Warm up for dog agility

Pre-exercise warm up massage

Jacqueline Newholm Benefits of Massage, Canine massage, Canine Massage Therapy, Dog Health, Dog massage 0 Comments

Why warm up? A warming up routine is essential when embarking on any form of exercise, and including pre-exercise regimes as part of a ‘workout’ is just as important for our canine athletes as it is for those of the human variety.

The dog’s body needs to make a number of adjustments when undertaking any exercise. These include:

  • increasing the breathing and heart rate
  • increasing the energy-releasing reactions in the muscles
  • promoting blood flow to the muscles to supply them with more oxygen and to remove waste products

The adjustments the body makes do not happen immediately and a few minutes is required to reach the necessary levels. Therefore, a warm up helps to encourage these adjustments to occur gradually – allowing the body to reach a specific level of readiness in order to undertake strenuous activity. Energetic exercise carried out by a dog which has cold muscles, joints, tendons etc, is ill-prepared for the demands being made of it, which may lead to injury and unnecessary fatigue.

A pre-exercise warm up massage is a an ideal way to prepare the canine athlete for an agility run, a fly ball dash, an obedience pose, or even a madcap game of ball chase – don’t forget companion dogs are athletes, too! It will help ease the body into making the adjustments for exertion as outlined above. A warm up massage will:

  • increase blood flow to the muscles, which enhances the delivery of oxygen and nutrients
  • warm up the muscles, which makes them more supple
  • prepare the muscles for stretching
  • increase the production of synovial fluid, thus increasing the range of motion at joints, reducing the risk of tearing muscles and ligaments
  • prepare the joints for extreme ranges of flexion and extension
  • prepare the heart for an increase in activity
  • prepare the dog mentally for the upcoming exercise
  • prime the nerve-to-muscle pathways to be ready for exercise, increasing the speed of nerve impulses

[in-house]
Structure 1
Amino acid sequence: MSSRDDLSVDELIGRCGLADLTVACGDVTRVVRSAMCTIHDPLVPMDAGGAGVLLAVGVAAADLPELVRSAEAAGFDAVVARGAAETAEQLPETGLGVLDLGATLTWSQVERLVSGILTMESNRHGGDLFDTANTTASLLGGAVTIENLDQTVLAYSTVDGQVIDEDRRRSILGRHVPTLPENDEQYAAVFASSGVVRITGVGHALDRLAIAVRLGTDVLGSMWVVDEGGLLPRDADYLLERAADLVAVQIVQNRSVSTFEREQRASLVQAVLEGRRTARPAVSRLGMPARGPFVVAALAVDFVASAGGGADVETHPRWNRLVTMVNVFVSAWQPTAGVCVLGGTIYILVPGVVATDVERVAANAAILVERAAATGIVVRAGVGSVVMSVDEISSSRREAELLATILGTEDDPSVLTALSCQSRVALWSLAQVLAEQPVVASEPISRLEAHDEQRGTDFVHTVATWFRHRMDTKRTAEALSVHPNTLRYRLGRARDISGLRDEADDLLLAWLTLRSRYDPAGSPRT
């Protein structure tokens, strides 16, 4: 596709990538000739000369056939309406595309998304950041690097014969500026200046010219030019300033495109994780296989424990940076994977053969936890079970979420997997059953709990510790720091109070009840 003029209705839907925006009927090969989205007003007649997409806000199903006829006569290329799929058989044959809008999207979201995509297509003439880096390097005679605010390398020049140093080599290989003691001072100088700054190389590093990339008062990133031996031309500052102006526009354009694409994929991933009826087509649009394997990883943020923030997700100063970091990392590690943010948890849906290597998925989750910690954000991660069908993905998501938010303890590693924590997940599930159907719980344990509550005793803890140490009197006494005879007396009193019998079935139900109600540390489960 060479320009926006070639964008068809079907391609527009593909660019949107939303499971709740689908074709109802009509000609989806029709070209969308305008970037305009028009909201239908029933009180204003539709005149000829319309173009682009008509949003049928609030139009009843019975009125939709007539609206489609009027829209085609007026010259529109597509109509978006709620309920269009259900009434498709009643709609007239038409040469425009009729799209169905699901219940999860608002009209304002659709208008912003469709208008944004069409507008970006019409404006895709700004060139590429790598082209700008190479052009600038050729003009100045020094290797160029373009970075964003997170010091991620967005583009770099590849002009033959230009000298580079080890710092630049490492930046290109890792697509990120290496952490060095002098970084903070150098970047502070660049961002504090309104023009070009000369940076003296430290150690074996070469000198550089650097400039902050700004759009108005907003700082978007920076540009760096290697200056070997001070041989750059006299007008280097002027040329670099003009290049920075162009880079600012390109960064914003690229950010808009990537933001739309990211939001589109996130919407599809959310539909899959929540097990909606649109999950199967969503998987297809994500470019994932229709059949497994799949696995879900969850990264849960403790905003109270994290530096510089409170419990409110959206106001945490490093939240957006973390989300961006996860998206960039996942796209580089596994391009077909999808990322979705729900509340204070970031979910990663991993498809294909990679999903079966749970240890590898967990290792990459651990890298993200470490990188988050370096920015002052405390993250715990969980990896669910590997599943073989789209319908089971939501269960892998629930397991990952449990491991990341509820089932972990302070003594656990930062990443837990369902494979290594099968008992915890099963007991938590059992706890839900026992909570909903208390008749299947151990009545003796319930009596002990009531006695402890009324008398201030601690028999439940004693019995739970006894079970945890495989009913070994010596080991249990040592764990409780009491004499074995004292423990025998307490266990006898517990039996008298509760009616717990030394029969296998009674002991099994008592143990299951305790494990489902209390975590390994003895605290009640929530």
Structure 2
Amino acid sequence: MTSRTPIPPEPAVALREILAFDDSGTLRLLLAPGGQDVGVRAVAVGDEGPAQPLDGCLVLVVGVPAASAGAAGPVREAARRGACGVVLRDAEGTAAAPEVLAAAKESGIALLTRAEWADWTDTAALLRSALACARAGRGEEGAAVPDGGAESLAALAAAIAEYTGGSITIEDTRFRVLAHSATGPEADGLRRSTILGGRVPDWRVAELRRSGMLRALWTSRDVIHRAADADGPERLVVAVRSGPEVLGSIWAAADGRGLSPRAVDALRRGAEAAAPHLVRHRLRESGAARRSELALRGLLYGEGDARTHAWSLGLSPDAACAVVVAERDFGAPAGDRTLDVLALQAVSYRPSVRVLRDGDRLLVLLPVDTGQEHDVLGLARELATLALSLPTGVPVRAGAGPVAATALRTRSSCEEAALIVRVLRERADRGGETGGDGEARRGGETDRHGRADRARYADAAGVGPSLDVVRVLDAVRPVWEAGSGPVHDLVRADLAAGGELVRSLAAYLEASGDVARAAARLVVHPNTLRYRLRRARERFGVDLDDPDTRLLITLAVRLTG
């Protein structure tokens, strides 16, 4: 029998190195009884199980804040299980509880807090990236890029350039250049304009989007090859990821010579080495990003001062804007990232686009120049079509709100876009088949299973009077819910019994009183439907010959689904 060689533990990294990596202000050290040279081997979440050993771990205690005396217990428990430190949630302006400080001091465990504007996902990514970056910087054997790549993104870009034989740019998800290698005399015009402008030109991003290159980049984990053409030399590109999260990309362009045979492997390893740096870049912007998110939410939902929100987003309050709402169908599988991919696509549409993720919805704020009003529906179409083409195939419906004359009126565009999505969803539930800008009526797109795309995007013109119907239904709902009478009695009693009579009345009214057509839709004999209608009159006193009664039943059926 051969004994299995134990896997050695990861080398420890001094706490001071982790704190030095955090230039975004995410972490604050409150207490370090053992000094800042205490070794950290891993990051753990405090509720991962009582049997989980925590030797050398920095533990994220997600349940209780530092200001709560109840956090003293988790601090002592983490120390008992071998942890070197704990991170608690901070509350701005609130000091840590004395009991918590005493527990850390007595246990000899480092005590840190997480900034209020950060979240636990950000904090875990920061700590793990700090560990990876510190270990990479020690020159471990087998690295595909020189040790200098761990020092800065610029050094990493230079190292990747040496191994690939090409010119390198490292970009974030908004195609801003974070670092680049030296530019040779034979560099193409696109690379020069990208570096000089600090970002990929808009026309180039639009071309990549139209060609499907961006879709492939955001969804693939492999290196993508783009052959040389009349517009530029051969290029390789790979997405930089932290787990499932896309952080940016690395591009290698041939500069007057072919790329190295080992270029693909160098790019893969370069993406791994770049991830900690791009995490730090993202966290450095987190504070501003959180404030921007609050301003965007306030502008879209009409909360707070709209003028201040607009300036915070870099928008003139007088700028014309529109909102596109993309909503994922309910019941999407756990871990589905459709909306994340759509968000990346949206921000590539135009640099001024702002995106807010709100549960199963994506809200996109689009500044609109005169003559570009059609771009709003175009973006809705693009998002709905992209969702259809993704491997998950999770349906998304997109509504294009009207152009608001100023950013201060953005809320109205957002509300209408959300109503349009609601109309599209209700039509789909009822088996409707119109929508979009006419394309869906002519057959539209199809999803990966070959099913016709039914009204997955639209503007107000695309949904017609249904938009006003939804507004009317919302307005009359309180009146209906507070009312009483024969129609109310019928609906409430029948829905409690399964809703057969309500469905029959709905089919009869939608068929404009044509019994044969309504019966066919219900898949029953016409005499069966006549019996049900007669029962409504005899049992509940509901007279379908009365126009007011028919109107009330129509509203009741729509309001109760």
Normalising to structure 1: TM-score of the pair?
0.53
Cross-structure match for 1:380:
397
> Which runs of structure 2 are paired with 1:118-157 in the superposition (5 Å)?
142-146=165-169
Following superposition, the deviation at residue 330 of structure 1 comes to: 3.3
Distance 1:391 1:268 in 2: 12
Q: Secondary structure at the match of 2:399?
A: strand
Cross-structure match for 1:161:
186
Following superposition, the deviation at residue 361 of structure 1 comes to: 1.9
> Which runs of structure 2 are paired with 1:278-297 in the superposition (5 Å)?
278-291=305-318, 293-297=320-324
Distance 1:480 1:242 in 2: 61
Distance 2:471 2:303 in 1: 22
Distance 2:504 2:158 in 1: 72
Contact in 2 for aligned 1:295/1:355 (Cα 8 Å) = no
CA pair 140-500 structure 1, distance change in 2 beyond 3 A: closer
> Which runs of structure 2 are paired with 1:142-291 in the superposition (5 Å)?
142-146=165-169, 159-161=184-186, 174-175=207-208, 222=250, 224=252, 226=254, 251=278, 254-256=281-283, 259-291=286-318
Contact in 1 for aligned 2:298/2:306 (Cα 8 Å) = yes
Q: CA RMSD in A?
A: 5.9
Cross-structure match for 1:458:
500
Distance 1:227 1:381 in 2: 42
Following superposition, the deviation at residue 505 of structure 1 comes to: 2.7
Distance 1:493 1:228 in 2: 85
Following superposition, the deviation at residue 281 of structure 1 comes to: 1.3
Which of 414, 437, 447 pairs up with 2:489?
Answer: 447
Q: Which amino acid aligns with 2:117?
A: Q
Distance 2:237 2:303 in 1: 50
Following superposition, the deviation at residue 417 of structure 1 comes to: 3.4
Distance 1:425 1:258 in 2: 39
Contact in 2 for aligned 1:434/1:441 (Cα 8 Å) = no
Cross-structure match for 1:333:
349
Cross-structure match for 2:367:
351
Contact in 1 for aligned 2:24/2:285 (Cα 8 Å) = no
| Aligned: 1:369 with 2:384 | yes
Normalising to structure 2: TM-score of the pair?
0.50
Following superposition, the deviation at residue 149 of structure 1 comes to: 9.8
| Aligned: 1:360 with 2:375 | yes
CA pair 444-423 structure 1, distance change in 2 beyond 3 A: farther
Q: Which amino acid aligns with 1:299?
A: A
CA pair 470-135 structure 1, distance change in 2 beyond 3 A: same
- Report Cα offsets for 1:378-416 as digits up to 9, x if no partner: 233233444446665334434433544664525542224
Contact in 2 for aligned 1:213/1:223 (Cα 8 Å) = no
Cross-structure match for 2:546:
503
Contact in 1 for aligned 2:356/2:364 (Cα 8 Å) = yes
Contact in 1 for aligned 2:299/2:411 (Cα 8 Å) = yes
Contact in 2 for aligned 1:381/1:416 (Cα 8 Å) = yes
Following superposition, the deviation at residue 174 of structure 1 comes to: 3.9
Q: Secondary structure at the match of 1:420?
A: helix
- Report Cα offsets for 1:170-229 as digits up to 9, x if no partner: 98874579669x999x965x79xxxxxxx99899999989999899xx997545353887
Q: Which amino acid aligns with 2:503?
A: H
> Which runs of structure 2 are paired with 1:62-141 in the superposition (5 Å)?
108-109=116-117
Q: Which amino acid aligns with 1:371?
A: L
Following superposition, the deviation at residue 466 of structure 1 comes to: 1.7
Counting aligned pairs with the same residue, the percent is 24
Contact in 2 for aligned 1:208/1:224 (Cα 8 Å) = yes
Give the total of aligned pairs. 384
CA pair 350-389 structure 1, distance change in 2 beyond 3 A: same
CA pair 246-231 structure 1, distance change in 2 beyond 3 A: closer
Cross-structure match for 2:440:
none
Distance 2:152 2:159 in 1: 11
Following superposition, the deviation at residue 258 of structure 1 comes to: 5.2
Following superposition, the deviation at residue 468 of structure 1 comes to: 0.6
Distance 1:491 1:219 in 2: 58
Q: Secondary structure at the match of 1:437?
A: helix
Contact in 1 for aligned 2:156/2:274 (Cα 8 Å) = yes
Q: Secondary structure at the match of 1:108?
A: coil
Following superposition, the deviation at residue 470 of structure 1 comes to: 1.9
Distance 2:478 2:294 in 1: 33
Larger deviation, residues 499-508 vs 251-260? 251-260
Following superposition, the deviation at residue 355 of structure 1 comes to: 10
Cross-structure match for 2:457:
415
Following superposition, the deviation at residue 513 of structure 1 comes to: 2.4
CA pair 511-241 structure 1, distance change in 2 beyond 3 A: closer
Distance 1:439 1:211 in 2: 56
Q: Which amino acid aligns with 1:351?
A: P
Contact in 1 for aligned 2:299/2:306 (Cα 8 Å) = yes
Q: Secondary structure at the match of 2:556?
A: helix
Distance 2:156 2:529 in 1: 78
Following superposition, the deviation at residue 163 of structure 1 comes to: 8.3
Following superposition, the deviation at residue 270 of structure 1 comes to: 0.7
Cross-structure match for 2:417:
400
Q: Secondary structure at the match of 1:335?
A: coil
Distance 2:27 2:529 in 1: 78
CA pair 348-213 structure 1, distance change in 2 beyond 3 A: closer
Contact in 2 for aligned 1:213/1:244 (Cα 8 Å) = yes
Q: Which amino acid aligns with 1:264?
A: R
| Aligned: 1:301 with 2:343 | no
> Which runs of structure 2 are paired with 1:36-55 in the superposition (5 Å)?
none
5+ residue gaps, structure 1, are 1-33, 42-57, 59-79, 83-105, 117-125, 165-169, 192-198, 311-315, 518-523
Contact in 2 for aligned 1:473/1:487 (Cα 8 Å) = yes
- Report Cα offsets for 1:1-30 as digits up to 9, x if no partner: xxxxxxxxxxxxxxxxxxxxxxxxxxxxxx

• prevent unnecessary stress and fatigue being placed on the muscles which can occur if exercising strenuously without a suitable warm-up

Physiological effects of warm up massage

Massage will stimulate your dog physically:

  • Warms up the skeletal muscles.
  • Stimulates the muscle fibres which are then able to contract faster.
  • A warm muscle is able to extend further without tearing, thus injuries are avoided.
  • Increases the blood supply which improves the delivery of oxygenated blood and improves waste elimination.
  • Increases production of synovial fluid in the joints.
  • Influences the nerve endings via passive movement (golgi tendon organs and muscle spindles).
  • Nervous conduction starts to take place.
  • The muscles are better prepared for extreme ranges of extension and flexion.

Psychological effects of warm up massage

Massage will also stimulate your dog mentally:

  • Prepares the dog mentally for the activity ahead.
  • Stimulates the sympathetic nervous system* which governs the fight/flight response.
  • Allows a heightened awareness of all senses.
  • The familiar routine prepares the dog and the activity about to be undertaken becomes a learned association.

* The sympathetic nervous system prepares the body for ‘fear, fight, flight’. The heart and respiratory rates increase. Blood vessels to skeletal muscles dilate. Bronchi and bronchioles dilate.


Sources

  1. Aspinall, V., 2005. Essentials of Veterinary Anatomy and Physiology. London: Elsevier.
  2. myDr.com, 2001-2014. Warming up and cooling down for exercise. Available at: http://www.mydr.com.au/sports-fitness/warming-up-and-cooling-down-for-exercise
  3. Robertson, J., Mead, A., 2013. Physical Therapy and Massage for the Dog. London: Manson Publishing Ltd.

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